What a wonderful experience!  This is one of the things that has kept me from my blog recently.  I hope to get back to my family tree research soon.  For now, check out these trees.

Calaveras Big Trees

Calaveras Big Trees

Calaveras Big Trees

Sierra Outdoor School

SOS - Class in the forest

Mercer Caverns

The Silent Mile at SOS

Raptor Class

Raptor Class - Golden Eagle

Wednesday, May 15, 2013

SOS, Time, and Writers Block

Currently, I have a bit of writers block.  I'm just not sure what to write about at this time in my blog.  I look at the daunting task of working on the timeline of my great great grandparents and where they lived in Napa.  It is a bit of a challenge as I need to organize the information and "proof" that I have at hand.  It may take some time and reading.

Time is of the essence in the present and my family tree and research must wait a few weeks.  I pause now to focus on present day tasks and getting ready for a quick trip.  My daughter and I will be off to SOS next week.

SOS is Sierra Outdoor School in the Sonora, California.  It is located near Calaveras Big Trees.  Her second grade class has the privilege of attending this school.  I will join her as a chaperone.  It should prove to be an interesting experience in nature.


Tuesday, May 14, 2013

Titanic: Blood and Steel - Historical Drama

I'm currently watching the series, "Titanic:  Blood and Steel".  It is very entertaining with a loose historical basis.  It is a drama and the story is based in Belfast, Ireland during the building of the Titanic.

Titanic: Blood and Steel

It is currently available on streaming Netflix.

Wednesday, May 8, 2013

Flanagan Ranch: The Timeline Matters To Me - Part 1

Over the course of my family tree research, I've learned how important source documents are to proving your family history.  I've even gone so far as to pour through any and all information that I have about my various family lines to determine the disposition of various family members along the "space time continuum".  I am inferring here that we could actually go back in time to determine the facts.  In reality, you can only go back in time in writing about and reading history and other genre.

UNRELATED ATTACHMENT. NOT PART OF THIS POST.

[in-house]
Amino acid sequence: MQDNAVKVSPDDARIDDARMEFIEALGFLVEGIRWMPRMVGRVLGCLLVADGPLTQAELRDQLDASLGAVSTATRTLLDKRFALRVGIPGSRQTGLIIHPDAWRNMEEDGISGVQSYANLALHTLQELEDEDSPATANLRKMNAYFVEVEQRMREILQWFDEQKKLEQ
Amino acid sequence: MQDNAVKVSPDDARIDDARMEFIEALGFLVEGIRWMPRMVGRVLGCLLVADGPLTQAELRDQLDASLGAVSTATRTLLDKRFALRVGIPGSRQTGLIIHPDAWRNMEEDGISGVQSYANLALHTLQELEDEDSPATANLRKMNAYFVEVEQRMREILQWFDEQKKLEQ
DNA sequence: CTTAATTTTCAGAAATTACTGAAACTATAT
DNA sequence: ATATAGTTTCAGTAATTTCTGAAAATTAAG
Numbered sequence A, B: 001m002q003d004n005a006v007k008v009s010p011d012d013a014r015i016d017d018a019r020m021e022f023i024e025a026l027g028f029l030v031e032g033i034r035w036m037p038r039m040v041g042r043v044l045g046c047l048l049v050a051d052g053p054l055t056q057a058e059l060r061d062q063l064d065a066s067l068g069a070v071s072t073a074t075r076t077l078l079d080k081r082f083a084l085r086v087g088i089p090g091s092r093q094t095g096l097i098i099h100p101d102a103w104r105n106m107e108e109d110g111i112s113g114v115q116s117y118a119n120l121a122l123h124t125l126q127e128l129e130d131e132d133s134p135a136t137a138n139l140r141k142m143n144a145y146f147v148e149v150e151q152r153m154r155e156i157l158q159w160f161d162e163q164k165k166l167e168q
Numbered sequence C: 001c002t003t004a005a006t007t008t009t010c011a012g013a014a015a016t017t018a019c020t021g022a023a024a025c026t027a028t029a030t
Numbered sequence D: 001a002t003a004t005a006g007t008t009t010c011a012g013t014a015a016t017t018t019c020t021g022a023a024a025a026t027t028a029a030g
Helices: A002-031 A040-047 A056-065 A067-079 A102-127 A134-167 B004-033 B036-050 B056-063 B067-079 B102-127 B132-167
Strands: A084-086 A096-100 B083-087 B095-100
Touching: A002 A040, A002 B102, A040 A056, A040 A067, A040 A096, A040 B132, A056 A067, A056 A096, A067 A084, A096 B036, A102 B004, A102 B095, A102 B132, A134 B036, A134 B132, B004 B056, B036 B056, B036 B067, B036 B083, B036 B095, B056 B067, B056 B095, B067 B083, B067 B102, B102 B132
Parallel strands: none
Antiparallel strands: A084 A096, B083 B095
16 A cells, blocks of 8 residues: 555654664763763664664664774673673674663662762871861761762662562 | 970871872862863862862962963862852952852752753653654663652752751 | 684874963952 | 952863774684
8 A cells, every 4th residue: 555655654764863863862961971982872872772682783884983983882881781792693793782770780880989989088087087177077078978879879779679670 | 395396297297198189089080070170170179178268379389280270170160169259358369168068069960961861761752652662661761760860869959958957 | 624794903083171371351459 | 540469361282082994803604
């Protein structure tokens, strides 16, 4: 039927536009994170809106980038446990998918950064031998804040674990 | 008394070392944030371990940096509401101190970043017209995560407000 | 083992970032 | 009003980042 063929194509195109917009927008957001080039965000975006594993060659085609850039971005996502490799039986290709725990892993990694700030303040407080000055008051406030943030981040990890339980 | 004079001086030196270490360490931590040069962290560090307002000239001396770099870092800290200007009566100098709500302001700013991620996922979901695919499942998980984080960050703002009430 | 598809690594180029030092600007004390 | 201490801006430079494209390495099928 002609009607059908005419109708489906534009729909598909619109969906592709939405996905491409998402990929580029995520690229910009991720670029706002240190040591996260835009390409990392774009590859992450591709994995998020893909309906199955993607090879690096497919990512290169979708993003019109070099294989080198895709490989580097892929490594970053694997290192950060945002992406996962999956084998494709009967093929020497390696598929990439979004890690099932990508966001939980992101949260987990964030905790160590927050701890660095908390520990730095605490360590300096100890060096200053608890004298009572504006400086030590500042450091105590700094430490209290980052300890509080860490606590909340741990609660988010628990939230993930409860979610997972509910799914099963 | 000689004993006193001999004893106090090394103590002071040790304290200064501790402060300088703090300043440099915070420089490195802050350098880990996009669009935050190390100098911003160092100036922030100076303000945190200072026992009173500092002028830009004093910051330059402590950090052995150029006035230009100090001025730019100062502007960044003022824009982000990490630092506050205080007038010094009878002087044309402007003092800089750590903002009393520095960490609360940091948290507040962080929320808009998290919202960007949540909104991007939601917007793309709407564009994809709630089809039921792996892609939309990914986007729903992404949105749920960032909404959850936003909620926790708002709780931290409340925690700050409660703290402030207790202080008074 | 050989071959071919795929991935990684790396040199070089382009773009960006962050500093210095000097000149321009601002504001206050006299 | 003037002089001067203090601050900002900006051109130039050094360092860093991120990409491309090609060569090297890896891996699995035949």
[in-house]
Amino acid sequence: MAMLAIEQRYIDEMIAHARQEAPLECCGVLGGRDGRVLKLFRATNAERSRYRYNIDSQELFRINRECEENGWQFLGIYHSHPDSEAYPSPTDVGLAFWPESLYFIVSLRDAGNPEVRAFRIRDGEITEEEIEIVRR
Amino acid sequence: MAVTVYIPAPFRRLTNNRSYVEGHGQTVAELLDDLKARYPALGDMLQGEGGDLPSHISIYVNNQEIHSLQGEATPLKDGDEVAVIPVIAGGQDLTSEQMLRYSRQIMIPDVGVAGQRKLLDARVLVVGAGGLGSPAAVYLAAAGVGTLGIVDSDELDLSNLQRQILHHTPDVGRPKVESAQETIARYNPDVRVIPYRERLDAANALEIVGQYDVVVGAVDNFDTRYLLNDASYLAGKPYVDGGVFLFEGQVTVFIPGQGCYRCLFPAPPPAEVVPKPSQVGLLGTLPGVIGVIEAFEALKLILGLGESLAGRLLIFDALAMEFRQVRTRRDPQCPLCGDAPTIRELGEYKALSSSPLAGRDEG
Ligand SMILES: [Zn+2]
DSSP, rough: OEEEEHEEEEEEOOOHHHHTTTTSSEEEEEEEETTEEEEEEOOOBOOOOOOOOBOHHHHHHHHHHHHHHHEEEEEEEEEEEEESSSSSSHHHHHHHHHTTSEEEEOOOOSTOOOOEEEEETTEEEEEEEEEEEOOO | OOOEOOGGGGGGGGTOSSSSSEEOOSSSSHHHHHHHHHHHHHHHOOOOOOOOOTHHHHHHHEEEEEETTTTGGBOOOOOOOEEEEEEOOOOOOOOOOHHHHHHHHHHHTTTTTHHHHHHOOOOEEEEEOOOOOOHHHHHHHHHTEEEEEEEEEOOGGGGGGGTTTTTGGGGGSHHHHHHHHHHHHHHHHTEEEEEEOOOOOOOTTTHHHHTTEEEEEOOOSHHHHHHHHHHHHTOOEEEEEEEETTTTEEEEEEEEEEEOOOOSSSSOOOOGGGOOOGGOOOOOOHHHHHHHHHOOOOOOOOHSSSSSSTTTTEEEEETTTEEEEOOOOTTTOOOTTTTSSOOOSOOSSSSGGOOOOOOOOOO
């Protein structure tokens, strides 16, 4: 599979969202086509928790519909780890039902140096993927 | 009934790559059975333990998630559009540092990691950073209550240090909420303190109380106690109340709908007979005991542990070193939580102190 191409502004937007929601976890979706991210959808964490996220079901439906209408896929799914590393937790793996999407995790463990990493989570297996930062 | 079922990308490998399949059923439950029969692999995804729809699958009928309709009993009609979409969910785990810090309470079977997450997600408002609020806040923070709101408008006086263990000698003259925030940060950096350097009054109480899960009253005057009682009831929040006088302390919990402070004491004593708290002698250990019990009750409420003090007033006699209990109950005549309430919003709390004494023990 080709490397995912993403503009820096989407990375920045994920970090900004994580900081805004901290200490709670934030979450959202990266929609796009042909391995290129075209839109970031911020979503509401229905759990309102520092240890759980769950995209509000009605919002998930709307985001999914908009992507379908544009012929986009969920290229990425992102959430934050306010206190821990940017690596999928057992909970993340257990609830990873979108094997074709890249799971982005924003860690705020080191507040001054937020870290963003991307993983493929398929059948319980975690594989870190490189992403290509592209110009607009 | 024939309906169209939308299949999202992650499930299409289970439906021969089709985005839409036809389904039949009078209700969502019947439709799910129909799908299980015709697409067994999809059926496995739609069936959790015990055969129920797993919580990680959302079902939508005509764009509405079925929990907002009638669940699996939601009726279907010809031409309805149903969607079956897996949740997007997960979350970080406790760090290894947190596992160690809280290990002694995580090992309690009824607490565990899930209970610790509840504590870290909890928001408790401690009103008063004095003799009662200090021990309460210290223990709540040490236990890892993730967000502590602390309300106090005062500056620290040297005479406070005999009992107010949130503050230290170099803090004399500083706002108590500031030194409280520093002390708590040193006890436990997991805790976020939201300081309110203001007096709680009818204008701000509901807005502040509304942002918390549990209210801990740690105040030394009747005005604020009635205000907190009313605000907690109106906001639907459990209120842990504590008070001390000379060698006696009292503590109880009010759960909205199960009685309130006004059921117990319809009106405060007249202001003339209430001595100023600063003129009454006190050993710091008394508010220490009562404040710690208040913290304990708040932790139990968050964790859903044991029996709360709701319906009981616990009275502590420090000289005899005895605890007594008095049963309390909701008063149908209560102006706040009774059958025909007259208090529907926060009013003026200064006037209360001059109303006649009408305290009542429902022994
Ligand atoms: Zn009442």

I definitely wish that I could ask my grandfather (Richard J. Flanagan) more about our family history.  The information that he knew about our family helps fill in the blanks about the timeline of the Flanagan Ranch in Napa.  For now, I get a chance to figure things out myself.  Let's see where this post takes me.

The first part of my Flanagan Ranch Timeline is to summarize what I know off the top of my head.  I guess that I could call this a quick "elevator speech".

-Patrick and Kate Flanagan were married in San Francisco in 1870 and then moved to Napa, California.
-By 1871, Patrick was farming a 15 acre plot of land in Rancho Rincon de los Carneros that he had purchased from Governor Edward Stanly.
-In 1873, Patrick Flanagan sold the 15 acres back to Judge John Stanly and purchased 32 acres located at 3315 Sonoma Highway, Napa, CA (Highway 121 at Cuttings Wharf Road).  This location was hence forward known at the Flanagan Ranch in Carneros.  Stanly referred to the area a Riverdale.
-The Flanagan's had some sort of house and/or living quarters at the ranch in 1873.
-By Patrick's death in 1896, the Flanagan's were living in town at 606 Seminary Street.  Patrick's health had been failing for a few years.
-A letter to Ireland in 1897 indicates that Edward Flanagan was working to finish the Flanagan Ranch house as the old house was no longer worth patching.
-By 1898, the Flanagan Ranch house was complete.
-Kate Flanagan lived in the ranch house from around 1898 until around her death in 1928.
-Ignatius Flanagan, who had been running the ranch presumably since his father passed in 1896, died in 1918 and the ranch responsibility passed to John Francis Flanagan.
-By 1928, John Francis "Jack" Flanagan and his family were living at the ranch.
-In 1936, Jack passed away and the management of the Flanagan Ranch passed to his brother, Richard A. Flanagan, Sr.
-Louis Flanagan is indicated as the caretaker of the property by 1940 while the ranch house was owned and inherited by Mary Catherine Flanagan.
-By 1950, Louis and Richard Flanagan are the only remaining surviving children of Patrick and Kate Flanagan's 8 children.
-By the 1970s, Richard A. Flanagan's son and his family are occupying the Flanagan Ranch House.  Richard passed away in 1972 and the ranch was sold in the late 1970s.

There are quite a few holes in my timeline and summary above.  I really need to fill in the blanks and details.